old techniques at date URIs and challenge us on them only for us to 
respond "we fixed that years ago, you were looking at an old URI". These 
dated URIs get indexed by search engines and often trump the "latest 
version" URIs that are the ones we actually want people to find. Moving 
the substance of techniques off of TR solves these problems, by allowing 
us to have a stable URI that gives us the flexibility to manage changes 
(via redirects) etc.

Another major reason to move the substance of techniques off of TR is 
the constraints on style. W3C Technical Reports have rigid style rules, 
for good reasons. But as we have been looking into the usefulness of our 
resources to the public, we have been finding that people have problems 
with structure and style that can't be changed for TR resources. We 
would be better able to serve our stakeholders if we move this content 
off of TR where not only can we update it more frequently, we can 
present it better.

And again, the basic document "Techniques for WCAG 2.0" would not 
disappear from TR, nor even cease to be updated. It would simply change 
to a set of pointers to external resources. It would probably also have 
basic introduction and other content more appropriate to the "spec-like" 
nature of TR publications (even Notes that are not specifications).
> If you change the process— you will need to build all new mechanisms 
> to crosslink all the docs each time you add a technique etc.  - and to 
> forward all links from WCAG  — and from all other docs  - and….
> And again I’m not sure that if you keep the TR links alive (which you 
> will need to to not break everything) I think the TR publishing rules 
> would still have to apply even if you put the doc in another filespace.
This isn't a problem. The cross references are managed by variables that 
are easily updated in the build tool. There might be some work on the 
tool to accommodate publishing both the index to TR and the techniques 
content somewhere else, but I don't think that's a big project.
> So I think it is much more complicated than I think has been considered.
I hope the above shows that it has been considered, and I don't think 
it's overly complicated. I apologize that we didn't convey in our 
initial proposals that we had thought through those issues.
> And I still don’t understand what  “delays” and “overhead” are that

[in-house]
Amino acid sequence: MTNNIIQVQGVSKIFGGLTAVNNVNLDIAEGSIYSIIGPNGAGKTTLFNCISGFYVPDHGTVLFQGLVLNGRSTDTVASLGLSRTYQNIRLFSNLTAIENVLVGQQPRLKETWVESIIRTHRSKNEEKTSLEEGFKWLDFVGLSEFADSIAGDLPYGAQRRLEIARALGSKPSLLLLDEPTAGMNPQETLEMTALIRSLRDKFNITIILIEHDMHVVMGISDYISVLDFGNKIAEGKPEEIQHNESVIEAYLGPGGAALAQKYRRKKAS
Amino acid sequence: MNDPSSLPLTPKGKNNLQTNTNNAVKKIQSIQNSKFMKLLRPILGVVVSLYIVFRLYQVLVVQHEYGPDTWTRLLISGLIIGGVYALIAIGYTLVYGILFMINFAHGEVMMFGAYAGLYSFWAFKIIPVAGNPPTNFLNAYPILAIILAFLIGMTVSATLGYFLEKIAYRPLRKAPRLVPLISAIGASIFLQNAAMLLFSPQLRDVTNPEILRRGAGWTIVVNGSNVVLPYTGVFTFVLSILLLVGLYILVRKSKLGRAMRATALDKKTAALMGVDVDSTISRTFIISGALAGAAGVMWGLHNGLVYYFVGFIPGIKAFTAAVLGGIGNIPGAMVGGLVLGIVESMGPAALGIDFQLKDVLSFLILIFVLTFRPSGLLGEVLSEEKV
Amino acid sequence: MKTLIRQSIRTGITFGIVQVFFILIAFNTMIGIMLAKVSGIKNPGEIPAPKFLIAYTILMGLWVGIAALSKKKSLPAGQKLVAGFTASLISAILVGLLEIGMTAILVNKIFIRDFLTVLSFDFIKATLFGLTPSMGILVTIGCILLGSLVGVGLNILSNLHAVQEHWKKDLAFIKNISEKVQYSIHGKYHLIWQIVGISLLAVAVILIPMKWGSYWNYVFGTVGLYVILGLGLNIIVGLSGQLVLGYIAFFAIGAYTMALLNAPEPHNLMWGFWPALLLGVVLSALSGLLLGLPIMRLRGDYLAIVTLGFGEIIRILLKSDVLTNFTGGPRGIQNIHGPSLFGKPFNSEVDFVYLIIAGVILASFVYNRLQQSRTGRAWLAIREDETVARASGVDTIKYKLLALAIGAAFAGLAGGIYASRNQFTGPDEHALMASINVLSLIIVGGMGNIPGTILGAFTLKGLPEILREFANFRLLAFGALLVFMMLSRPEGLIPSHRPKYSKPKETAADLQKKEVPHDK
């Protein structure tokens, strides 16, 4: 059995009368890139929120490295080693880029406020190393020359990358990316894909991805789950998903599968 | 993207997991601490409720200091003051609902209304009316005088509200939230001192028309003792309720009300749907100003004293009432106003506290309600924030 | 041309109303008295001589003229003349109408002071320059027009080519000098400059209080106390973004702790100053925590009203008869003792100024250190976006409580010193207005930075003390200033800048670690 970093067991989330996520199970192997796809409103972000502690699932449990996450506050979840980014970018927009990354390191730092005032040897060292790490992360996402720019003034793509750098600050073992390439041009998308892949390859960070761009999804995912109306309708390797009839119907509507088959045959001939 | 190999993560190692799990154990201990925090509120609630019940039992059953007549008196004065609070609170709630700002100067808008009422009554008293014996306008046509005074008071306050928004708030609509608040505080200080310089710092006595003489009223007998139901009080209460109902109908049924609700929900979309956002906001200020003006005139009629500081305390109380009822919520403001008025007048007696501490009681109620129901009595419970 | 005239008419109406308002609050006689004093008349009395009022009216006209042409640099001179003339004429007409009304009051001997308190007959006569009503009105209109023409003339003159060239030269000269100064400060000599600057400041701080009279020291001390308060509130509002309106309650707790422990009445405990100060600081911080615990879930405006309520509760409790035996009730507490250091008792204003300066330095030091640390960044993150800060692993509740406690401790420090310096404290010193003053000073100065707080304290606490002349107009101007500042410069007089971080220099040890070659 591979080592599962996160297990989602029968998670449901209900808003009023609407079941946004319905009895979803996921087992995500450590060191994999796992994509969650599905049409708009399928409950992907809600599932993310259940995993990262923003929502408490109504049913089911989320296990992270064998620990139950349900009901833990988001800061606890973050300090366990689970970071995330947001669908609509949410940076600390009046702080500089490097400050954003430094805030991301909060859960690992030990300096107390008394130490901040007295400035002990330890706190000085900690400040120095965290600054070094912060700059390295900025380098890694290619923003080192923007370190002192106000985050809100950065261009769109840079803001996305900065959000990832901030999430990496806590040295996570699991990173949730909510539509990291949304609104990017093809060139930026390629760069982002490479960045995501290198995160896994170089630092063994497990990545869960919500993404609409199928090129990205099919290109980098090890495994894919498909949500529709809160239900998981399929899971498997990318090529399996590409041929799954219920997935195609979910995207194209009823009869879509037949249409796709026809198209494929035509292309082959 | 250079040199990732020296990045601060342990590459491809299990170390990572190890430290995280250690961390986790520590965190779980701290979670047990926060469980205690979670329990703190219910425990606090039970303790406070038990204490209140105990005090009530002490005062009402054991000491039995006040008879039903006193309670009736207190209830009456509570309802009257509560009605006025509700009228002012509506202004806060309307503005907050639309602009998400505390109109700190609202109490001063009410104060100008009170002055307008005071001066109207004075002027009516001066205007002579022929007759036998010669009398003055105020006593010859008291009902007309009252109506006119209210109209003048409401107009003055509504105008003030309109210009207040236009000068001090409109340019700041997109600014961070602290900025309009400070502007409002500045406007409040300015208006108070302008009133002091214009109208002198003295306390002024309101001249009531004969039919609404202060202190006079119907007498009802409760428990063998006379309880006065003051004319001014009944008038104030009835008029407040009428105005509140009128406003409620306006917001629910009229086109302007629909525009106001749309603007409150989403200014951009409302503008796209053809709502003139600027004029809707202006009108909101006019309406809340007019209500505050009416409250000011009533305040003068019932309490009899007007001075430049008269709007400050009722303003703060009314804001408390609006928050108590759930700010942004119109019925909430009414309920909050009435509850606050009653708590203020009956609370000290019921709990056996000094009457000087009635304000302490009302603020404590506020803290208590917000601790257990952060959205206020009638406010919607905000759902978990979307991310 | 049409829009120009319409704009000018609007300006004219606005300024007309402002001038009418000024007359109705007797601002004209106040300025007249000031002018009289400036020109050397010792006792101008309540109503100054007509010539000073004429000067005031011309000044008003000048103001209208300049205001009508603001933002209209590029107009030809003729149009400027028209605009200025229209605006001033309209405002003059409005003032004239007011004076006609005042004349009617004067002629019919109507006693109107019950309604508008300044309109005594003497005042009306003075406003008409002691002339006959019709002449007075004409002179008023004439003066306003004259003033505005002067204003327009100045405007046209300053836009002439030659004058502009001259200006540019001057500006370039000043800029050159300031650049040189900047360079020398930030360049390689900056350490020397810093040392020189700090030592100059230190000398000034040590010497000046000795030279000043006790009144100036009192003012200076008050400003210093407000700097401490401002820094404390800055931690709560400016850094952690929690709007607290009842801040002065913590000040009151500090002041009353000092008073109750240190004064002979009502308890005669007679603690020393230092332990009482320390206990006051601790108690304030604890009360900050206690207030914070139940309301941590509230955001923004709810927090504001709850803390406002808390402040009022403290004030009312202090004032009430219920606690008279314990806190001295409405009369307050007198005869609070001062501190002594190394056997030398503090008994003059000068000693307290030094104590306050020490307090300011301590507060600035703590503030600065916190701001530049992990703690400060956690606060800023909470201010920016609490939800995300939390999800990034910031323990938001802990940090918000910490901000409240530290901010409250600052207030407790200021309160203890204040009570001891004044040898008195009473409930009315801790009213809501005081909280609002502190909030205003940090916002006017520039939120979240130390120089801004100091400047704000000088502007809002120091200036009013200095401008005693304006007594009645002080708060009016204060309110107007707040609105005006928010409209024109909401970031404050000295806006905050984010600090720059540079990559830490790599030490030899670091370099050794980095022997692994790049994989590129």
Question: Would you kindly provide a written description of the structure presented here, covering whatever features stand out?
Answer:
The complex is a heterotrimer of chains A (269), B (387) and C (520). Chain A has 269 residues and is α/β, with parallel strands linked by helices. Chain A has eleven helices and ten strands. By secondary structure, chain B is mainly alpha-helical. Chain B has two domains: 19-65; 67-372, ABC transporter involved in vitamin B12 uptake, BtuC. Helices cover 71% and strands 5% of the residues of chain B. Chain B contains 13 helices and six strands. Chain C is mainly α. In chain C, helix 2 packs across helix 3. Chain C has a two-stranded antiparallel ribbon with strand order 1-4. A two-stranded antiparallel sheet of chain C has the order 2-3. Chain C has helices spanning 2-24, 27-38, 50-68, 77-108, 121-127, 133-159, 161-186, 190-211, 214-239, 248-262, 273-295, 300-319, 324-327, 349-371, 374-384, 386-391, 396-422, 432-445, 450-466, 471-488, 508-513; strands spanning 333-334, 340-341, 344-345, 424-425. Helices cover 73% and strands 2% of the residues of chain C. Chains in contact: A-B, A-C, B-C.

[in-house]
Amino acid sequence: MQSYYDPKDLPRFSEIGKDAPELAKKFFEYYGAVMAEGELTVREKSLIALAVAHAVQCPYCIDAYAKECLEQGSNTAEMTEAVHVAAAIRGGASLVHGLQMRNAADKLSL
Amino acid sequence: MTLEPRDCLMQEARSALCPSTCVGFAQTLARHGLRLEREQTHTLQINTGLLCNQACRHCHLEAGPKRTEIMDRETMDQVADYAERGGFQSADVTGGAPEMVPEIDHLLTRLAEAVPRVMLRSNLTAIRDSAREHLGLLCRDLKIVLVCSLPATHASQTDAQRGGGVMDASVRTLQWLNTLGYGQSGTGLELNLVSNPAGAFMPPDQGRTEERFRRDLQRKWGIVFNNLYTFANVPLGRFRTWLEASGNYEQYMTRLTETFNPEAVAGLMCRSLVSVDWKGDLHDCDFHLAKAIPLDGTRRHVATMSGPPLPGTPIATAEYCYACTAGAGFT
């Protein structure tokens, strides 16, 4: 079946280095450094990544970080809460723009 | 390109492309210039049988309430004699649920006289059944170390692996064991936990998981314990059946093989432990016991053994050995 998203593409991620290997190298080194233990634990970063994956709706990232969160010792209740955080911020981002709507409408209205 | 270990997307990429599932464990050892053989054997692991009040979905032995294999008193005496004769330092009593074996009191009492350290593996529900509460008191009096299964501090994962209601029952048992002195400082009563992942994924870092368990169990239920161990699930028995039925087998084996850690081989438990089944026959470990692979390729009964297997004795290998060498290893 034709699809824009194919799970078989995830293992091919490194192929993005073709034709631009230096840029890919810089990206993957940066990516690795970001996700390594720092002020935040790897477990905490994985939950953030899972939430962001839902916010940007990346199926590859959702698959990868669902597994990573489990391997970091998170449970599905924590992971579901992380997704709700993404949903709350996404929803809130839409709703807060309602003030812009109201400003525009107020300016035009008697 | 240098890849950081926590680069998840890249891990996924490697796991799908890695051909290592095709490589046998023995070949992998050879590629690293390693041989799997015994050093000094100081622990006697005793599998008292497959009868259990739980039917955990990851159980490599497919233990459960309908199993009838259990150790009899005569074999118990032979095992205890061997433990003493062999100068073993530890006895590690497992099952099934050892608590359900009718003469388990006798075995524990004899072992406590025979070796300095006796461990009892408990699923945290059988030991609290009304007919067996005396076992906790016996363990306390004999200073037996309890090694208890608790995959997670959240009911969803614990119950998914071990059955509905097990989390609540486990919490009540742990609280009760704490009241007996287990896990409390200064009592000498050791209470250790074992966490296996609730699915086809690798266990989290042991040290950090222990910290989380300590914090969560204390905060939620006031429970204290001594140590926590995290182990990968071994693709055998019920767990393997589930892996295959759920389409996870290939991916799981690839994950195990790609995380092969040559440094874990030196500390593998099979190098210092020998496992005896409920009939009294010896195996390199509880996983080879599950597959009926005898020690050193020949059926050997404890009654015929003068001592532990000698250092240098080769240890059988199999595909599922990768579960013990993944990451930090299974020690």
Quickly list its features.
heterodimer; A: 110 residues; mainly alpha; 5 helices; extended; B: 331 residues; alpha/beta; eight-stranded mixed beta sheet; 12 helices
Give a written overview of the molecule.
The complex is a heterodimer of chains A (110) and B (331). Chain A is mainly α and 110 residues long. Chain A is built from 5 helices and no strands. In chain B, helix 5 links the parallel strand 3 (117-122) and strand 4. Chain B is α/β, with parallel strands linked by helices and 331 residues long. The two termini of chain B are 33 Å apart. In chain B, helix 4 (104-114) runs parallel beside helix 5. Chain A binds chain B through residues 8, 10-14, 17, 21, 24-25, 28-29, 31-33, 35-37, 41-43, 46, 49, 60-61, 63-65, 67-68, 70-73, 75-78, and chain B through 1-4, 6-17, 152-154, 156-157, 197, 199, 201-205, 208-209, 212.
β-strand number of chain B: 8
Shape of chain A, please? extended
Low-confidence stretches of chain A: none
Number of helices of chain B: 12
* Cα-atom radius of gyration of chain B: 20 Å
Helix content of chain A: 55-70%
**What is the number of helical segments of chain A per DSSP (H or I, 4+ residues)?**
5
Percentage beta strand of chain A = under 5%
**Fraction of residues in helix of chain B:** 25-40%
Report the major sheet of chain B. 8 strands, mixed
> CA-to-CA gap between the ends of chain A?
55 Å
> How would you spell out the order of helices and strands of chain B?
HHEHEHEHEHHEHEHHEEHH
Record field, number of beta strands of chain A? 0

> are so important or large that we are considering such complications 
> to avoid?   There are certainly no barriers I know of to publishing 
> new versions each month if one would like to.
There are no barriers to that. But as explained above, I think it has 
side effects that we are finding increasingly problematic.
> What were the original delays referred to?  And how long were they?
We've had instances in the past where someone submitted a technique and 
it did not become an official publication of the WG for 2 years. We've 
sped up the process but still have measured that it can easily be the 
case that it takes 8 months for a new technique to become official, even 
if it is approved by the Working Group in the first week of that 8-month 
> And what are the complications that would be worse than having to 
> maintain all of the cross-links by hand and undoing the other problems 
> introduced in the change?
We would not need to maintain the cross-links by hand, that would be 
automated as it is now.

In a worst case scenario we could always go back to publishing 
techniques to TR as we do now. The "off-TR" version could have permanent 
redirects set up, allowable since they aren't TR resources. So I don't 
think we irreparably break anything.

The main consequences of *not* making this sort of change are:

  * WCAG WG continues to be perceived as slow as our TR publication
    process introduces months of delay in publishing a techniques;
  * Or in an effort to avoid that, we end up with many more versions of
    very similar content floating around on TR with a lot of difficulty
    in making sure people are using the right one;
  * We don't have the ability to make structure and style changes to
    better meet the needs our stakeholders have expressed to us;
  * We continue to have to deal with jurisdictions that treat techniques
    as normative because they're published to TR, even though we clearly
    and repeatedly say they're not normative. Moving off TR and removing
    some of the TR style imprimatur should help clarify their
    non-normative status.

> (I do wonder if we could change it from XML to HTML but it would